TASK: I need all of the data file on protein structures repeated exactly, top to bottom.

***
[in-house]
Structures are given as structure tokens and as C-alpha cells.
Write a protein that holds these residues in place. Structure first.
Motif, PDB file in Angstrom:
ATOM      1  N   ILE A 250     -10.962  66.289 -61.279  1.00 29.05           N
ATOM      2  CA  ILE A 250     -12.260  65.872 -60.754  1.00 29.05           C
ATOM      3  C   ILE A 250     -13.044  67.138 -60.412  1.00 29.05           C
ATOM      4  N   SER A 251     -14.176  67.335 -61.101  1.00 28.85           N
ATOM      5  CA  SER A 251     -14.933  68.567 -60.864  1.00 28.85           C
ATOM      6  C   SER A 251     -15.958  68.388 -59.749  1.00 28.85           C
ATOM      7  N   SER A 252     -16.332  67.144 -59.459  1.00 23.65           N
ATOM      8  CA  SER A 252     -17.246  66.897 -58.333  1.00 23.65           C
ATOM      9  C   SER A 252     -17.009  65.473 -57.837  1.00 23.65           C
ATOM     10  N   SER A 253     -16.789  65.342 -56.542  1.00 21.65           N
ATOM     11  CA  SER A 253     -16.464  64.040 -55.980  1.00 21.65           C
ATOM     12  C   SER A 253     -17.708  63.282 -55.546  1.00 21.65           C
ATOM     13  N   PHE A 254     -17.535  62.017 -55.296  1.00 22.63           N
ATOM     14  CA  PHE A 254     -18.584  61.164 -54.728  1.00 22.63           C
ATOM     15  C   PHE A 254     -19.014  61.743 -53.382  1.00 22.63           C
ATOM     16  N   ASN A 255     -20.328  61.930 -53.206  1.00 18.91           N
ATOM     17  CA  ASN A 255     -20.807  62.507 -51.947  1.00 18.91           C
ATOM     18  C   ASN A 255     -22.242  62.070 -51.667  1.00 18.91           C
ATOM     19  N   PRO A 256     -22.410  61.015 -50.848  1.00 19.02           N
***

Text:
[in-house]
Structures are given as structure tokens and as C-alpha cells.
Write a protein that holds these residues in place. Structure first.
Motif, PDB file in Angstrom:
ATOM      1  N   ILE A 250     -10.962  66.289 -61.279  1.00 29.05           N
ATOM      2  CA  ILE A 250     -12.260  65.872 -60.754  1.00 29.05           C
ATOM      3  C   ILE A 250     -13.044  67.138 -60.412  1.00 29.05           C
ATOM      4  N   SER A 251     -14.176  67.335 -61.101  1.00 28.85           N
ATOM      5  CA  SER A 251     -14.933  68.567 -60.864  1.00 28.85           C
ATOM      6  C   SER A 251     -15.958  68.388 -59.749  1.00 28.85           C
ATOM      7  N   SER A 252     -16.332  67.144 -59.459  1.00 23.65           N
ATOM      8  CA  SER A 252     -17.246  66.897 -58.333  1.00 23.65           C
ATOM      9  C   SER A 252     -17.009  65.473 -57.837  1.00 23.65           C
ATOM     10  N   SER A 253     -16.789  65.342 -56.542  1.00 21.65           N
ATOM     11  CA  SER A 253     -16.464  64.040 -55.980  1.00 21.65           C
ATOM     12  C   SER A 253     -17.708  63.282 -55.546  1.00 21.65           C
ATOM     13  N   PHE A 254     -17.535  62.017 -55.296  1.00 22.63           N
ATOM     14  CA  PHE A 254     -18.584  61.164 -54.728  1.00 22.63           C
ATOM     15  C   PHE A 254     -19.014  61.743 -53.382  1.00 22.63           C
ATOM     16  N   ASN A 255     -20.328  61.930 -53.206  1.00 18.91           N
ATOM     17  CA  ASN A 255     -20.807  62.507 -51.947  1.00 18.91           C
ATOM     18  C   ASN A 255     -22.242  62.070 -51.667  1.00 18.91           C
ATOM     19  N   PRO A 256     -22.410  61.015 -50.848  1.00 19.02           N